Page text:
The problem with "The Sun Records Collection" (Rhino) is not that the legendary Memphis label had too little music for a three-CD boxed set but that it had too much. Each of Sun's four major artists -- Elvis Presley, Jerry Lee Lewis, Carl Perkins and Johnny Cash -- deserves his own boxed set. Moreover, the label was also responsible for landmark early-'50s blues recordings, a lion's share of the rockabilly worth remembering and a few country gems. The serious music fan is going to want far more of the Sun Records catalogue than this set can offer.
If you had to boil down the tremendous Sun Records output to 74 songs on three CDs, however, it would be hard to do a better job than the Rhino compilers have done here. The set comes with a 32-page booklet with complete session info, a helpful Jimmy Guterman essay and an interview with Sam Phillips, the founder of Sun Records and its longtime producer. Phillips produced Jackie Brenston's 1951 "Rocket '88,' " often called the first rock-and-roll record, and Howlin' Wolf's first recordings, but these were leased to Chess Records in Chicago. They're included in this set, though, as are Phillips's productions of such milestone blues sides as Junior Parker's original "Mystery Train," B.B. King's "B.B. Blues" and Rufus Thomas's "Tiger Man."
Everything changed for Sun Records -- and for American music -- on July 5, 1954, when a 19-year-old Memphis truck driver who'd been nagging Phillips for a session finally got his chance. The result was Elvis Presley's first single, "That's All Right," which toppled the barriers between African American blues and European American country music. Soon every hillbilly kid who thought he could sing the blues was banging on Phillips's door, and he recorded the best of them: Carl Perkins, Jerry Lee Lewis, Johnny Cash, Roy Orbison, Warren Smith, Sonny Burgess, Billy Riley and Charlie Rich.
All are briefly represented in this boxed set, but you might consider turning elsewhere for the fuller story: Presley's "The Complete Sun Sessions" (RCA) or, better yet, the five-CD box "Elvis -- The King of Rock & Roll: The Complete '50s Masters" (RCA), Perkins's "Original Sun Greatest Hits" (Rhino), Cash's "The Sun Years" (Sun/Rhino) and "The Jerry Lee Lewis Anthology" (Rhino). -- Geoffrey Himes
(To hear a free Sound Bite from this album, call 202-334-9000 and press 8151.)
'Blackbox: Wax Trax 1980-1983'
Having fostered classic independent record labels (Chess, Vee Jay) and feisty modern ones (Alligator, Flying Fish), the city of Chicago can also claim the noisiest in Wax Trax. "Blackbox: Wax Trax 1980-1983" (TVT/Wax Trax) is a three-CD set -- housed in both a collector's limited-edition metal box and a regular folks' black slipcase -- that traces the history of a label that has become synonymous with industrial rock, thanks to such bands as Ministry, KMFDM and My Life With the Thrill Kill Kult.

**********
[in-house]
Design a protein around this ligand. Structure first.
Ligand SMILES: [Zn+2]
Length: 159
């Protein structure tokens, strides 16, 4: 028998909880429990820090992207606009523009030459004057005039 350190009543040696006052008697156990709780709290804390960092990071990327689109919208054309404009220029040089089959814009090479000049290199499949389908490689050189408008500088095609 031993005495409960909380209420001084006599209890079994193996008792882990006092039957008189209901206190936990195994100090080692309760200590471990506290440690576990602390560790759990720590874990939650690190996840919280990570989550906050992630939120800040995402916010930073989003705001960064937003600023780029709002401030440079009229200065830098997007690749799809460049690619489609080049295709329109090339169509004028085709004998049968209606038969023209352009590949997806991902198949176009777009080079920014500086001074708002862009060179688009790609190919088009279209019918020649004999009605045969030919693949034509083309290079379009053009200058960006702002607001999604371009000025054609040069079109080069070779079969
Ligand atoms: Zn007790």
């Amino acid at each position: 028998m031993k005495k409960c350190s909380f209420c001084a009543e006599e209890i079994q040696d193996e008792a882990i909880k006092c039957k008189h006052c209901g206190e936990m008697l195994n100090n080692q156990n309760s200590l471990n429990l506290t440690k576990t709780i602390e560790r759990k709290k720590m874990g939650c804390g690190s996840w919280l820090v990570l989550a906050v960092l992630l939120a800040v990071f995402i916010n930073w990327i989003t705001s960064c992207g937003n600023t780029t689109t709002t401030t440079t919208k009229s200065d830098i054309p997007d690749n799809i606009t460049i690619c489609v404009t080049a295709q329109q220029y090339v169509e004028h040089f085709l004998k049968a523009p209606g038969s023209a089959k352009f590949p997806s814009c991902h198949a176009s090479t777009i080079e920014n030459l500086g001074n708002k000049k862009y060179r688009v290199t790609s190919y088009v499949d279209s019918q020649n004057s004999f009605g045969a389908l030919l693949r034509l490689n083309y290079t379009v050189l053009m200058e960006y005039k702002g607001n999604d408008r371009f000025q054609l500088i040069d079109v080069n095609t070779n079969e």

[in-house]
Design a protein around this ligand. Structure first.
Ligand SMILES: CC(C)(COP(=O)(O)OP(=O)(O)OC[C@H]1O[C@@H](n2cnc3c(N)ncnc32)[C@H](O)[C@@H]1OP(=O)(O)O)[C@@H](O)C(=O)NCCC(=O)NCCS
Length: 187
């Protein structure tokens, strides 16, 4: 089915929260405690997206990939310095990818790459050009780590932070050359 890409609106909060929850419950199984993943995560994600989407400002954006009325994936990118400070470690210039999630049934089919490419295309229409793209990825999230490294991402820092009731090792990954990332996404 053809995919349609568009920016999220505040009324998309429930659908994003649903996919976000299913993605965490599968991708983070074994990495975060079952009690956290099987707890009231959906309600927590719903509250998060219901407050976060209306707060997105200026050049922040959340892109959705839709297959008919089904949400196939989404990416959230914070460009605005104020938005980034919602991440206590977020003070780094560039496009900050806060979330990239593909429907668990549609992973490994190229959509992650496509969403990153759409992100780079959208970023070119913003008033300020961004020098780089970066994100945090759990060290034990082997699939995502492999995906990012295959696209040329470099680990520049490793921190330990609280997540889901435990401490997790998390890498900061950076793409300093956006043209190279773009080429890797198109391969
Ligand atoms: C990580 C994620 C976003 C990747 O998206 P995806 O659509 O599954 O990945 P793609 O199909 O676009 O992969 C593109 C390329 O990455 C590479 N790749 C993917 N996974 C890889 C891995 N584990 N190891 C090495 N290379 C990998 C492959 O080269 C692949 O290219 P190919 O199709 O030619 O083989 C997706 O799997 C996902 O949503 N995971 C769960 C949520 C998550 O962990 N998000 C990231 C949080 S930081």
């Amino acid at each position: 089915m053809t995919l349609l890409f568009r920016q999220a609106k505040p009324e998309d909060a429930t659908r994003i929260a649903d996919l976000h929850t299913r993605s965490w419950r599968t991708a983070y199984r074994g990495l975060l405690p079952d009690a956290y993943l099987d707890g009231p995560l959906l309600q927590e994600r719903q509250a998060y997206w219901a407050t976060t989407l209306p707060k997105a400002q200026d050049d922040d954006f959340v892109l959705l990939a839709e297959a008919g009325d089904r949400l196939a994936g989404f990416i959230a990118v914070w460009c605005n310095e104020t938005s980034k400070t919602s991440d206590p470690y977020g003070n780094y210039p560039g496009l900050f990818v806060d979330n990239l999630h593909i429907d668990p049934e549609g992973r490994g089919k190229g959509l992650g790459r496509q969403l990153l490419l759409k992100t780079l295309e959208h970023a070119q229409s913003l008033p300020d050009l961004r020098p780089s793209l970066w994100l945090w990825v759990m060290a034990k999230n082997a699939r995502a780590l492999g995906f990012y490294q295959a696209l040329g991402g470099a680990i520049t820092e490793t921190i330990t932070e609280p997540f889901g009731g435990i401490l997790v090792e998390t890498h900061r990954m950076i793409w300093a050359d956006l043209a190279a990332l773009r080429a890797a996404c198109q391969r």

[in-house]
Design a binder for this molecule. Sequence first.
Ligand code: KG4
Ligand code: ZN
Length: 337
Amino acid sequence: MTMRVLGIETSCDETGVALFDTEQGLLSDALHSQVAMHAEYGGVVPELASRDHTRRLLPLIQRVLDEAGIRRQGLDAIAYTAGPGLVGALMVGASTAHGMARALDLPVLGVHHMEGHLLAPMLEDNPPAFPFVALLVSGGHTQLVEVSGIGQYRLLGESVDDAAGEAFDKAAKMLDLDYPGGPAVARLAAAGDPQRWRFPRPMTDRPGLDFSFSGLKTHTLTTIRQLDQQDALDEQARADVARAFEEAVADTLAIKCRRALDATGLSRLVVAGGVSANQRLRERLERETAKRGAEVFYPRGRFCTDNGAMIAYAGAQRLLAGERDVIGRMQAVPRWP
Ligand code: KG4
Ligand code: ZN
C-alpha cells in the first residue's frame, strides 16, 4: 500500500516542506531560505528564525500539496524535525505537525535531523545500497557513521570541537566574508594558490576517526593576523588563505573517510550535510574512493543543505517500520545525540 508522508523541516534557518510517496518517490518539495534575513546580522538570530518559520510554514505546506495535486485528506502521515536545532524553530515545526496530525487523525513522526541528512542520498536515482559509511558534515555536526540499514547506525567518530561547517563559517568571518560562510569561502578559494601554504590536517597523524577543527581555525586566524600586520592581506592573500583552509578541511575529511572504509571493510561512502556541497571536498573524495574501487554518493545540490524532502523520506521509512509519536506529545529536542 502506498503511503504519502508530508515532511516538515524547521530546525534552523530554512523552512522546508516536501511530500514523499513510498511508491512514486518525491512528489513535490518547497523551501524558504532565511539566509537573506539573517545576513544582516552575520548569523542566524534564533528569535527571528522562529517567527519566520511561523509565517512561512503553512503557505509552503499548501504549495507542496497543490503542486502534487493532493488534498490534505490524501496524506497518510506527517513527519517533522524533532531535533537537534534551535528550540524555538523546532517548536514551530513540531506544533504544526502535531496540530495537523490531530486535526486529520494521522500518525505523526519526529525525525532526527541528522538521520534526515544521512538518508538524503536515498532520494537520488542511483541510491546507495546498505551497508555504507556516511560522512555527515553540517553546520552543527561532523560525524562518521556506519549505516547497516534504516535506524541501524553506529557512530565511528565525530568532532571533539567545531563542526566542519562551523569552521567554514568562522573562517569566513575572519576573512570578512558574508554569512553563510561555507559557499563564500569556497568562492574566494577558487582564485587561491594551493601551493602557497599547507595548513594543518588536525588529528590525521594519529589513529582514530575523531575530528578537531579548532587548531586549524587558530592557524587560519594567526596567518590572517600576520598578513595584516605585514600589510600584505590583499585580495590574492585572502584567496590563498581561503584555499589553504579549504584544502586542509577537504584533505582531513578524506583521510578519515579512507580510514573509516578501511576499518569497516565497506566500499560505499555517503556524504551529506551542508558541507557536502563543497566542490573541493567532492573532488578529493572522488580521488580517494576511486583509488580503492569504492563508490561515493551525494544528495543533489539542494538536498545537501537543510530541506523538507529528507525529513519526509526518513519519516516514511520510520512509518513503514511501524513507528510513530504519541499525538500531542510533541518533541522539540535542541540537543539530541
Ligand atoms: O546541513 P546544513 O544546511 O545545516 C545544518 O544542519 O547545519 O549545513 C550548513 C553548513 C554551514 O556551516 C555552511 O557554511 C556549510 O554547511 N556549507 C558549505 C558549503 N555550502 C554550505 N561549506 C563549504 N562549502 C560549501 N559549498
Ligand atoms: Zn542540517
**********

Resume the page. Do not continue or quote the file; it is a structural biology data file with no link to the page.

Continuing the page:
Jim Nash and Dannie Flesher started Wax Trax in the mid-'70s as a record store receptive to the emerging indie-rooted punk, new wave and electronic movements often ignored by mainstream retailers. Since many customers were also musicians, it's not surprising that a label eventually evolved. One of its first acts was female impersonator Divine, in Chicago for the 1981 Alternative Miss World Contest. Divine's "The Name Game" is one of 41 cuts here, along with "Elephant's Graveyard" by Strike Under, the punk-leaning band that was Wax Trax's first signing.
It was with the 1981 arrival of Ministry and its disturbingly charismatic leader, Al Jourgensen, that Wax Trax ignited the industrial noise revolution. Nash and Flesher define "industrial" as "anything with a mechanized sound or distorted vocal," but one of Jourgensen's latter-day descriptions is more accurate: The music he prefers to call "aggro" is "erotic, neurotic, psychotic, cyberaggresive, new-beat dance, country new wave punk with a metal edge ... and just a touch of insanity."
Jourgensen is aggro's Phil Spector -- his wall of noise, of course, includes the floor and ceiling -- and he's represented by several Ministry cuts, as well as a sampling of his many collaborative projects (Pailhead's "I Will Refuse" with Fugazi's Ian MacKaye, RevCo's "Beers, Steers & Queers" with Chris Connelly, 1000 Homo DJs' previously unreleased cover of Black Sabbath's "Supernaut" with vocals by soon-to-be Nine Inch Nail Trent Reznor).
As the band names and song titles suggest, this is aggressive, abrasive, pulse-pounding dance music that's either hypnotically compelling or annoyingly repelling; it's brutal drum-machine-driven metal disco that makes for uneasy, queasy listening. No wonder kids love it.
"Black Box" also includes tracks from Swiss martial rockers Young Gods, industrial hip-hop from England's Meat Beat Manifesto, ironic covers by Yugoslavia's Laibach and Italy's Panko. The 3 1/2-hour collection also features offshoots of seminal industrial noisemakers Throbbing Gristle (Coil, Psychic TV); KLF's rave anthem "What Time Is Love?"; and newer bands like Frontline Assembly, Mussolini Headkick and Sister Machine Gun.
Having helped establish the industrial rock agenda, Wax Trax started losing many of its most successful acts to major labels with deeper pockets and underwent Chapter 11 reorganization in 1992 (it's now a part of TVT). Recent releases, which can be sampled on the new "Afterburn" anthology, show the label to be essentially unrepentant in its energies.
-- Richard Harrington
(To hear a free Sound Bite from this album, call 202-334-9000 and press 8152.)
'Sam Cooke's SAR Records Story: 1959-1965'
The cover of "Sam Cooke's SAR Records Story: 1959-1965" (ABKCO) -- featuring Cooke's handsome face -- is a bit misleading. After all, aside from the guitar-only demo for his breakthrough pop hit, "You Send Me," and a few other cuts, Cooke is not to be heard on the 56 songs spread out over two CDs -- unless you count his spirit.
From 1959 until his death in 1964, Cooke recorded -- quite successfully -- for RCA ("You Send Me" had come out on Keen, home of other early hits like "Wonderful World" and "For Sentimental Reasons"). The SAR collection spotlights his "other voices" -- as writer, producer, talent scout and independent label owner -- and Cooke's ongoing efforts to broaden gospel music's appeal by addressing it with pop studio craft.